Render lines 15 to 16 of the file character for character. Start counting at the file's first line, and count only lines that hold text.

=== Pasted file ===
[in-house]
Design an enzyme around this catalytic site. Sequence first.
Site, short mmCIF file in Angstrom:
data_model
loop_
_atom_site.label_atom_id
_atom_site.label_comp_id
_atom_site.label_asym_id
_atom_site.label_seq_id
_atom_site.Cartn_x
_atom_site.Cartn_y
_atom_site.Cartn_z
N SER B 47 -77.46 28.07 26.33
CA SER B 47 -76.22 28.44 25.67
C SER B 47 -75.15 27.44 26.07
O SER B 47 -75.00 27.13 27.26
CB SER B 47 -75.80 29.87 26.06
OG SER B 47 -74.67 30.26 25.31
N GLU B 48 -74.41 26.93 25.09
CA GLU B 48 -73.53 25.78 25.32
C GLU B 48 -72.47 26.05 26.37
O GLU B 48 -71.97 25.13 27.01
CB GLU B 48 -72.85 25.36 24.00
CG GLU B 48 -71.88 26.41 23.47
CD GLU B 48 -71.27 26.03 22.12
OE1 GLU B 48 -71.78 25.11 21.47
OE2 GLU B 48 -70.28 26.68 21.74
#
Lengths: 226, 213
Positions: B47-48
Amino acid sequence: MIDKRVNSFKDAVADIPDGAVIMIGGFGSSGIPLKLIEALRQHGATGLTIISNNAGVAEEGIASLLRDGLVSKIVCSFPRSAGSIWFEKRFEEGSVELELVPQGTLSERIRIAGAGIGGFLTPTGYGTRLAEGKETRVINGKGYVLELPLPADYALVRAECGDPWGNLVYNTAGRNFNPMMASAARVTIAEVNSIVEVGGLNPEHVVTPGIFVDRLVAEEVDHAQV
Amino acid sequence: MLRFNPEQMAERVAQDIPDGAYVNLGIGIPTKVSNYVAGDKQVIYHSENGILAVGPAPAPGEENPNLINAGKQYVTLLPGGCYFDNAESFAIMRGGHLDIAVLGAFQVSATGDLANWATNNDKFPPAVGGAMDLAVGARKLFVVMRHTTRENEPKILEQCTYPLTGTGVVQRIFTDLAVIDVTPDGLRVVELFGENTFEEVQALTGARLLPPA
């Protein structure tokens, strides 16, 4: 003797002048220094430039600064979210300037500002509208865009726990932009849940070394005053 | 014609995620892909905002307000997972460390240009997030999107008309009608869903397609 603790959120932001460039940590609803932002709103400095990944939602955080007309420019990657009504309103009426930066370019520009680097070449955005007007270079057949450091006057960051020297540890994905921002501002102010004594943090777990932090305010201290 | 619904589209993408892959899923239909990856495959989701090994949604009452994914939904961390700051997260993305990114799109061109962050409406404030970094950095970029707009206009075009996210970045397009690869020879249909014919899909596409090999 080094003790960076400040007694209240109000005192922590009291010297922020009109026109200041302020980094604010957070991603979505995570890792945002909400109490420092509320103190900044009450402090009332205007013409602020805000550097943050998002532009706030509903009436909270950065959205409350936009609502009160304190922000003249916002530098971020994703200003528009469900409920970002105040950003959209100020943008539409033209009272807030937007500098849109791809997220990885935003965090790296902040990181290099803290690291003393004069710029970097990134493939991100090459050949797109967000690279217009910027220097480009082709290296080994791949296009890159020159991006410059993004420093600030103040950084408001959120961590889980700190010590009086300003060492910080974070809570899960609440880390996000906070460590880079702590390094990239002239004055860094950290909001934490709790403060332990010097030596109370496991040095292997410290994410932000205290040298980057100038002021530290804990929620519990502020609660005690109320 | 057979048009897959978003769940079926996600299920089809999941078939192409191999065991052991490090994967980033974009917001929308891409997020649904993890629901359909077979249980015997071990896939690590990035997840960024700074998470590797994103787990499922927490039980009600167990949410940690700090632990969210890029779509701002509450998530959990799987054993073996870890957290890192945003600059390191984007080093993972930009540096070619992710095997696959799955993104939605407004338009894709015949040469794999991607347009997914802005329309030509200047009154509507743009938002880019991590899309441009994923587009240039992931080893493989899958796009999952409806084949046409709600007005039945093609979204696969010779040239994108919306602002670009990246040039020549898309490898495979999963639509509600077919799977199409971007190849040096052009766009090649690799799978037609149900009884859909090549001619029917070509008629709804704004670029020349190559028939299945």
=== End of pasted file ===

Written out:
C SER B 47 -75.15 27.44 26.07
O SER B 47 -75.00 27.13 27.26